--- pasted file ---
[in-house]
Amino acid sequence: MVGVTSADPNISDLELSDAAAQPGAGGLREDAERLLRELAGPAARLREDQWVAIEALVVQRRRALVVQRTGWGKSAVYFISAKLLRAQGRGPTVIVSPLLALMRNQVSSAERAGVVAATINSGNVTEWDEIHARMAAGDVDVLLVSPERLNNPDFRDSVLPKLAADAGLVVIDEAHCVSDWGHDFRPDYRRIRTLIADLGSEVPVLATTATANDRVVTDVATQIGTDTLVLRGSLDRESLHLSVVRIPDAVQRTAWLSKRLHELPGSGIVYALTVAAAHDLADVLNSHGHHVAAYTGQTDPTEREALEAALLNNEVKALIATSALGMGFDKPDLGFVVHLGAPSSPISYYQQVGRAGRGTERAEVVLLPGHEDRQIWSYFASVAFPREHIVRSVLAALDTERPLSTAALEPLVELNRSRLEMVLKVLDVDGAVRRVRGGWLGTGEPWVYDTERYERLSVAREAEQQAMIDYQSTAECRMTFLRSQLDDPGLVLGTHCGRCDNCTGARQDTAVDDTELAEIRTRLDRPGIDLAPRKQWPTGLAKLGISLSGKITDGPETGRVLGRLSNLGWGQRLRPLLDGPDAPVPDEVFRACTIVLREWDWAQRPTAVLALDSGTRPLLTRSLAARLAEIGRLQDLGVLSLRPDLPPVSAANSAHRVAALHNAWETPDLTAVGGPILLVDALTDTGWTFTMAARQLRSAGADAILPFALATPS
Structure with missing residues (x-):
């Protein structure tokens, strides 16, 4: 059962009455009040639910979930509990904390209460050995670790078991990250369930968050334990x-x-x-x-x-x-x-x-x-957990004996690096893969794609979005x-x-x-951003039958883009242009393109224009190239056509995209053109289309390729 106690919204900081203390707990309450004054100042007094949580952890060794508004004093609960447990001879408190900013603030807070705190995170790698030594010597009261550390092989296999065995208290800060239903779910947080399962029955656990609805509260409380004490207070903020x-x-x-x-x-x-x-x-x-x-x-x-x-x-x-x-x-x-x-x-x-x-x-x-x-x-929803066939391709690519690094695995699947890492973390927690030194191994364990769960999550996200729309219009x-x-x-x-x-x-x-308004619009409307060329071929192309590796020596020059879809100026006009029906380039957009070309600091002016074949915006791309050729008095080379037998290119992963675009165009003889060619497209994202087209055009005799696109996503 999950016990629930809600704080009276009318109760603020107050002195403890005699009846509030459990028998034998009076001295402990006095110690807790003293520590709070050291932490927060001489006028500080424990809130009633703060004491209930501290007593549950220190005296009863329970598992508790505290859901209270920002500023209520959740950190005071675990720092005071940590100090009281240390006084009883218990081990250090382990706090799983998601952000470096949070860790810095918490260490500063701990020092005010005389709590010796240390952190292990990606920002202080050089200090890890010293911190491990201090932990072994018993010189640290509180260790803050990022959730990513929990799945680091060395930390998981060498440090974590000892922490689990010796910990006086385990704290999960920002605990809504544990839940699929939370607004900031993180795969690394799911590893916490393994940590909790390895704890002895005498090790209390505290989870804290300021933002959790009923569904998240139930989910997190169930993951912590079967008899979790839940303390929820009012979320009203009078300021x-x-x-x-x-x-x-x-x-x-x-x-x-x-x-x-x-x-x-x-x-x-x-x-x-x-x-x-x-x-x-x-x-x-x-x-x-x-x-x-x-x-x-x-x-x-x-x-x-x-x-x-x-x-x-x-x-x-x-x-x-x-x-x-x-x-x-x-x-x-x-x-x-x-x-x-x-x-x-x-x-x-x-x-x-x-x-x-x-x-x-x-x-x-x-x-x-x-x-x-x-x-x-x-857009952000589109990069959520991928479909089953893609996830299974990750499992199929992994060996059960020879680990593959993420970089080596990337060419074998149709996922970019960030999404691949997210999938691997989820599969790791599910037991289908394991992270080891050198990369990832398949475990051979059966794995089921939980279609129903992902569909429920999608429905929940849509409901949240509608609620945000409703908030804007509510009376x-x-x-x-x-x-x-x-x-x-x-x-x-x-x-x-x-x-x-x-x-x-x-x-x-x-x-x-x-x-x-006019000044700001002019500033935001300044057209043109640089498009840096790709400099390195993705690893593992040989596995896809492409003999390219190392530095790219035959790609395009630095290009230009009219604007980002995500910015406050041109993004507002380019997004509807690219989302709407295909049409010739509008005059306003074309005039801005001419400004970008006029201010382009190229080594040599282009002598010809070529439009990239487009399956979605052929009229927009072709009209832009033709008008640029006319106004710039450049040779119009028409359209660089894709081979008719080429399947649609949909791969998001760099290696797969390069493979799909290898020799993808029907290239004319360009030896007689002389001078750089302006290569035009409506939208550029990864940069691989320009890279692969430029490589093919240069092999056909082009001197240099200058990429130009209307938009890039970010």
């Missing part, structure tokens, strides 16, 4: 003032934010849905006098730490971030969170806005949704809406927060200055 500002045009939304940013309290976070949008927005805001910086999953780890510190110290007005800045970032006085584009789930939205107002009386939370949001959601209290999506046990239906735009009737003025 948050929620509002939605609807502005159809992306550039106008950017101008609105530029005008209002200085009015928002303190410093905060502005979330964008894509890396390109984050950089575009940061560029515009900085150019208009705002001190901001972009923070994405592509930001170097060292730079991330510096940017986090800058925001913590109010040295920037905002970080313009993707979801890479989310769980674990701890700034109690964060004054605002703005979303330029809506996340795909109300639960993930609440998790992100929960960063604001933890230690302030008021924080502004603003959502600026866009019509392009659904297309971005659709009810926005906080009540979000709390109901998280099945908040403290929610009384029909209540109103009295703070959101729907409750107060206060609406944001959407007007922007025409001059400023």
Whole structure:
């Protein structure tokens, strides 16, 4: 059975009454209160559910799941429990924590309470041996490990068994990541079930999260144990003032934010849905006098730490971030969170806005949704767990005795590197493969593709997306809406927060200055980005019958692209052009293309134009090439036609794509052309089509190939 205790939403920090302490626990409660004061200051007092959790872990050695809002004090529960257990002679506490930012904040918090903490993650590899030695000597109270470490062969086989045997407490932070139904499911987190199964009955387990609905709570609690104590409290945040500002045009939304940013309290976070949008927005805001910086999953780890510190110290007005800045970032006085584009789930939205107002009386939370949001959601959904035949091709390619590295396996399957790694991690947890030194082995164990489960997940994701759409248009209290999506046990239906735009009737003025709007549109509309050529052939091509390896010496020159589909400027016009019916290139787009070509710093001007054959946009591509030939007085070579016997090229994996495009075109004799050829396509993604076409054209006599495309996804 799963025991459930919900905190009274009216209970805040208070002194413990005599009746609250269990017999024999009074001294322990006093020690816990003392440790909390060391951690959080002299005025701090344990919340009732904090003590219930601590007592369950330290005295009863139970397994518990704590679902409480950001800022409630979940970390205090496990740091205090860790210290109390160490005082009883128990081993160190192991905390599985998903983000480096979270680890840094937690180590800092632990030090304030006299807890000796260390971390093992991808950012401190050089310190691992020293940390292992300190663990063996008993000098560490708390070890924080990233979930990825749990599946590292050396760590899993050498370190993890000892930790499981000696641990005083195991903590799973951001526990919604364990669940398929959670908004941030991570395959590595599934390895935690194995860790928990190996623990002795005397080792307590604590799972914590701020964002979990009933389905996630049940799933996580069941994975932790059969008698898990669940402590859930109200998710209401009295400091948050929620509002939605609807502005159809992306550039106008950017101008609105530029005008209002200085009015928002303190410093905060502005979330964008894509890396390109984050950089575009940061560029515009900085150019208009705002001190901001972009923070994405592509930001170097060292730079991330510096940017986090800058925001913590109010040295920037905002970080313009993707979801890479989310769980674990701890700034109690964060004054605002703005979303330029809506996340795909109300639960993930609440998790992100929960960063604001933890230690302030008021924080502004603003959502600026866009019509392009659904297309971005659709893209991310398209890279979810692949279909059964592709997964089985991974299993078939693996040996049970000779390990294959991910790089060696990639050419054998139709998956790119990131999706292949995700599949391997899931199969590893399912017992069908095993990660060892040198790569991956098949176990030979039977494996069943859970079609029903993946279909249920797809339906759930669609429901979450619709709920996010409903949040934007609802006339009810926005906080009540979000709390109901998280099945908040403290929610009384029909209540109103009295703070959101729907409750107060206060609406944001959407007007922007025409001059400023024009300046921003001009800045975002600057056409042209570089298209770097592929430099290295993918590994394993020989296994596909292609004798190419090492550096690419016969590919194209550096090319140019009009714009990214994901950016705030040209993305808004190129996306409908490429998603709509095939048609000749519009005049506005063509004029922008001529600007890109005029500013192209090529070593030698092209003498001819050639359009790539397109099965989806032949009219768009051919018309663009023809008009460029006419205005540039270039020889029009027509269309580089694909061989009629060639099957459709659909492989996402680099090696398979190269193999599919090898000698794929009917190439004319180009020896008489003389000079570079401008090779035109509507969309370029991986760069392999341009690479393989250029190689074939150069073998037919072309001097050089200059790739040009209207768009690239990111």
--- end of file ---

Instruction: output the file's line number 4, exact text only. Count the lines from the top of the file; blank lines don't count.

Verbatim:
């Protein structure tokens, strides 16, 4: 059962009455009040639910979930509990904390209460050995670790078991990250369930968050334990x-x-x-x-x-x-x-x-x-957990004996690096893969794609979005x-x-x-951003039958883009242009393109224009190239056509995209053109289309390729 106690919204900081203390707990309450004054100042007094949580952890060794508004004093609960447990001879408190900013603030807070705190995170790698030594010597009261550390092989296999065995208290800060239903779910947080399962029955656990609805509260409380004490207070903020x-x-x-x-x-x-x-x-x-x-x-x-x-x-x-x-x-x-x-x-x-x-x-x-x-x-929803066939391709690519690094695995699947890492973390927690030194191994364990769960999550996200729309219009x-x-x-x-x-x-x-308004619009409307060329071929192309590796020596020059879809100026006009029906380039957009070309600091002016074949915006791309050729008095080379037998290119992963675009165009003889060619497209994202087209055009005799696109996503 999950016990629930809600704080009276009318109760603020107050002195403890005699009846509030459990028998034998009076001295402990006095110690807790003293520590709070050291932490927060001489006028500080424990809130009633703060004491209930501290007593549950220190005296009863329970598992508790505290859901209270920002500023209520959740950190005071675990720092005071940590100090009281240390006084009883218990081990250090382990706090799983998601952000470096949070860790810095918490260490500063701990020092005010005389709590010796240390952190292990990606920002202080050089200090890890010293911190491990201090932990072994018993010189640290509180260790803050990022959730990513929990799945680091060395930390998981060498440090974590000892922490689990010796910990006086385990704290999960920002605990809504544990839940699929939370607004900031993180795969690394799911590893916490393994940590909790390895704890002895005498090790209390505290989870804290300021933002959790009923569904998240139930989910997190169930993951912590079967008899979790839940303390929820009012979320009203009078300021x-x-x-x-x-x-x-x-x-x-x-x-x-x-x-x-x-x-x-x-x-x-x-x-x-x-x-x-x-x-x-x-x-x-x-x-x-x-x-x-x-x-x-x-x-x-x-x-x-x-x-x-x-x-x-x-x-x-x-x-x-x-x-x-x-x-x-x-x-x-x-x-x-x-x-x-x-x-x-x-x-x-x-x-x-x-x-x-x-x-x-x-x-x-x-x-x-x-x-x-x-x-x-x-857009952000589109990069959520991928479909089953893609996830299974990750499992199929992994060996059960020879680990593959993420970089080596990337060419074998149709996922970019960030999404691949997210999938691997989820599969790791599910037991289908394991992270080891050198990369990832398949475990051979059966794995089921939980279609129903992902569909429920999608429905929940849509409901949240509608609620945000409703908030804007509510009376x-x-x-x-x-x-x-x-x-x-x-x-x-x-x-x-x-x-x-x-x-x-x-x-x-x-x-x-x-x-x-006019000044700001002019500033935001300044057209043109640089498009840096790709400099390195993705690893593992040989596995896809492409003999390219190392530095790219035959790609395009630095290009230009009219604007980002995500910015406050041109993004507002380019997004509807690219989302709407295909049409010739509008005059306003074309005039801005001419400004970008006029201010382009190229080594040599282009002598010809070529439009990239487009399956979605052929009229927009072709009209832009033709008008640029006319106004710039450049040779119009028409359209660089894709081979008719080429399947649609949909791969998001760099290696797969390069493979799909290898020799993808029907290239004319360009030896007689002389001078750089302006290569035009409506939208550029990864940069691989320009890279692969430029490589093919240069092999056909082009001197240099200058990429130009209307938009890039970010």